Jorge Sanhueza-Lyon/KUT News

A march today for Martin Luther King Jr. Day drew large crowds* of people who walked from the MLK statue at the University of Texas to Huston-Tillotson University, a historically black college in Austin. Cicily Roan took part and said she believes race relations are improving in America. 

Todd Wiseman/Texas Tribune

Austin Mayor Steve Adler plans to propose a new set of incentives to resolve the standoff over fingerprinting drivers for ride-hailing apps like Uber and Lyft.

flickr/nomadicsun

The City of Austin is considering adding some structures to the downtown landscape: 24-hour public restrooms.

But, the initiative could benefit more than just tourists stuck downtown without a place to go. 


Miguel Gutierrez Jr./KUT

The president of General Motors now says plans with Lyft to bring a fleet of self-driving cars to Austin were only hypothetical. But, what kind of regulations do self-driving cars face in Texas?

The votes are in!

Dozens of you submitted questions you wanted KUT to investigate for our ATXplained project. We chose three for our first voting round (don't worry, the others are eligible for future rounds). More than 600 people voted. Here are the results:

Jorge Sanhueza-Lyon/KUT News

There are parts of Austin parks where you can drink alcohol without a permit, but sometimes the rules aren’t so clear. That’s the basis of the City of Austin's decision to redefine some of the parks’ alcohol-free zones.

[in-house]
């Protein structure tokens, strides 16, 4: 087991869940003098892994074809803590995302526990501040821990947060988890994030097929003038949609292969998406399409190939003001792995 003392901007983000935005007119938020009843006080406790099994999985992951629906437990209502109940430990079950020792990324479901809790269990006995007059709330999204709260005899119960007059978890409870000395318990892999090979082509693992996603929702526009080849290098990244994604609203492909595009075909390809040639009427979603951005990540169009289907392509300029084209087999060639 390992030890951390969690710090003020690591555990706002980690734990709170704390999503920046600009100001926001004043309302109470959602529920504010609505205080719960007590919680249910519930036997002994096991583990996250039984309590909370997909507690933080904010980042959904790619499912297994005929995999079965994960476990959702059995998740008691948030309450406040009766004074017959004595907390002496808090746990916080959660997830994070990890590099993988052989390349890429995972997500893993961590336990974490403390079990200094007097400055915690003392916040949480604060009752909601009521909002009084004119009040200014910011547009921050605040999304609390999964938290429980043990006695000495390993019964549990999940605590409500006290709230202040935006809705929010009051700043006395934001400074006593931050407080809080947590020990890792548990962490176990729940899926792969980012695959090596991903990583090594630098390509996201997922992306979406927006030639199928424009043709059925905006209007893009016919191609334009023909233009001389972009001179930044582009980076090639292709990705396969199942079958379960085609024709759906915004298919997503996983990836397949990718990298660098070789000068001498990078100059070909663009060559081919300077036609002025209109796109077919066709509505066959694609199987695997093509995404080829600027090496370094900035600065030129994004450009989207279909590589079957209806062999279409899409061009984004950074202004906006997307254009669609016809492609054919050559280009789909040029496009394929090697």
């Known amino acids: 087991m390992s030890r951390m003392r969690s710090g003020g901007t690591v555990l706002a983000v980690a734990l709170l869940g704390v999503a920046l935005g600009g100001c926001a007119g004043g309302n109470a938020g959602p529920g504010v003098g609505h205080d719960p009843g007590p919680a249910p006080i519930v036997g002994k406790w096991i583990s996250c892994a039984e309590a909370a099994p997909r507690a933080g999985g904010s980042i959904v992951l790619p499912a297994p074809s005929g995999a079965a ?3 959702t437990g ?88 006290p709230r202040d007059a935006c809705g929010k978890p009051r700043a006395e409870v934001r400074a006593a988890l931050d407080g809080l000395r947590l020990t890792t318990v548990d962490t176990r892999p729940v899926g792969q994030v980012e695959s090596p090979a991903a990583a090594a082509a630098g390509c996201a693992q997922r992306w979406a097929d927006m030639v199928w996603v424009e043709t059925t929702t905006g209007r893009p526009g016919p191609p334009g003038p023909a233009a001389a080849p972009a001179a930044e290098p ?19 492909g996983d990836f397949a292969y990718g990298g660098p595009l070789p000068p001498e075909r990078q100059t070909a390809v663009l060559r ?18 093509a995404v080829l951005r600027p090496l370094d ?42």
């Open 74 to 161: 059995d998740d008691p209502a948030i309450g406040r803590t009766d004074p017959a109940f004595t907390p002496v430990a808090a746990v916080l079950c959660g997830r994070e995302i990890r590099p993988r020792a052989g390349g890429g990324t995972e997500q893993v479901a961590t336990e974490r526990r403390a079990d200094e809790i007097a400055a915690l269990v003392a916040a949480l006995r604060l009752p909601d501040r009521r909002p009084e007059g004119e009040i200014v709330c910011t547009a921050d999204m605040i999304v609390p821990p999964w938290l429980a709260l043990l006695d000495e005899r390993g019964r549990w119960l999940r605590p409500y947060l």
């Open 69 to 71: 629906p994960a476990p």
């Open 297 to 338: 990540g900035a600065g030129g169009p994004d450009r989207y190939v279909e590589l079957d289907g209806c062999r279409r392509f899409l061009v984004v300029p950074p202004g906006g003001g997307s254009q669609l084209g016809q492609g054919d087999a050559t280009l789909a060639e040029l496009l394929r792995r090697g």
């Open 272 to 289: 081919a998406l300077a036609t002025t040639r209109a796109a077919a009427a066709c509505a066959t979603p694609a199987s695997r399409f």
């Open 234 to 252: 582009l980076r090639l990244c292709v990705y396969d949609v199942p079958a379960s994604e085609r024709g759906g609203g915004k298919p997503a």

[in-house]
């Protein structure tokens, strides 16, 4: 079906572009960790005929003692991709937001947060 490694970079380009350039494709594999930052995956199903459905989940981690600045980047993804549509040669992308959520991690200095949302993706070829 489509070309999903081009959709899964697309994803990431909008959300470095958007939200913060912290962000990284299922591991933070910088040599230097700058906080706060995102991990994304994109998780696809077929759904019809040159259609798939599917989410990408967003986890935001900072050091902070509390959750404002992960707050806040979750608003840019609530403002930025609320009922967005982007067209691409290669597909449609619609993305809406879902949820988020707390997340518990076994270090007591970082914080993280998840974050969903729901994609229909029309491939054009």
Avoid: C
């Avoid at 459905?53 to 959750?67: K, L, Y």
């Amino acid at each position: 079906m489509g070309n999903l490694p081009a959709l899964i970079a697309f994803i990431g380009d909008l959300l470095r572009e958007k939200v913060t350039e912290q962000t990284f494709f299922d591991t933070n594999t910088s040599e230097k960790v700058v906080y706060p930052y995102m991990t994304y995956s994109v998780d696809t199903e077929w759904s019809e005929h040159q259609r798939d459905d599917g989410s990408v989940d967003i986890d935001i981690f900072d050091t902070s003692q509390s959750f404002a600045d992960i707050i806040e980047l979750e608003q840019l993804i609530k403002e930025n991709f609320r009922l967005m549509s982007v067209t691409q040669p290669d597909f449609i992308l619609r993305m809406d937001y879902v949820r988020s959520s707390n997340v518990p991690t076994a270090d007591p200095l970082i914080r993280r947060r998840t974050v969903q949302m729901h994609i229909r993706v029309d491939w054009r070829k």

The Last Dance of David Bowie and Stevie Ray

Jan 13, 2016
Chuck Pulin/Splash News/Corbis, via YouTube

The death of David Bowie has made many an Austinite reflect on the Thin White Duke’s most direct Austin connection: his partnership with Stevie Ray Vaughan that shined an international spotlight on the Austin guitarist. The two met at the Montreaux Jazz Festival in 1982, where Bowie first took a shine to the Austin guitarist despite a less-than-warm reception from the crowd. 

Lyft via youtube

Update 11:37 a.m. A General Motors spokesperson says that actually, this news is not confirmed; President Dan Ammann was just using Austin as an example.

“At this time, we do not have an active agreement with Austin. We are not pursuing an agreement with Austin. We do not have a forthcoming autonomous vehicle test in Austin. Dan was just using it as a hypothetical example," says Annalisa Bluhm, GM Spokesperson.

The city of Austin continues to disfavor minority- and women-owned businesses in its contracting, a 750-page study finds.

Jon Wainwright, a senior vice president with NERA Economic Consulting, which authored the study, spoke to City Council’s Economic Opportunity Committee on Monday. “We examined a total of over $4 billion across more than 3,500 prime contracts and over 8,500 subcontracts over this six-year period (from 2008 to 2013),” he said. “M/WBEs (minority- and women-owned businesses) received 18.75 percent of those dollars.”


via Flickr/fiftypercentchanceofrain

The Alabama Crimson Tide and the Clemson Tigers will face off tonight in college football's title game. College football has become a popular pastime for students, but new research from Texas A&M University suggests there’s a downside to game day: an increase in sexual assaults on campuses nationwide.

Jorge Sanhueza-Lyon/KUT

Demolition, it seems, follows Robin Wilkins.

Wilkins, 54, moved into the Lakeview Apartments on South Lakeshore Boulevard after another apartment building she was living in was slated to be torn down. She stayed for five years, paying no more than $720 a month for a two-bedroom apartment. Nonetheless, throughout that stay she knew the fate of the building: oblivion.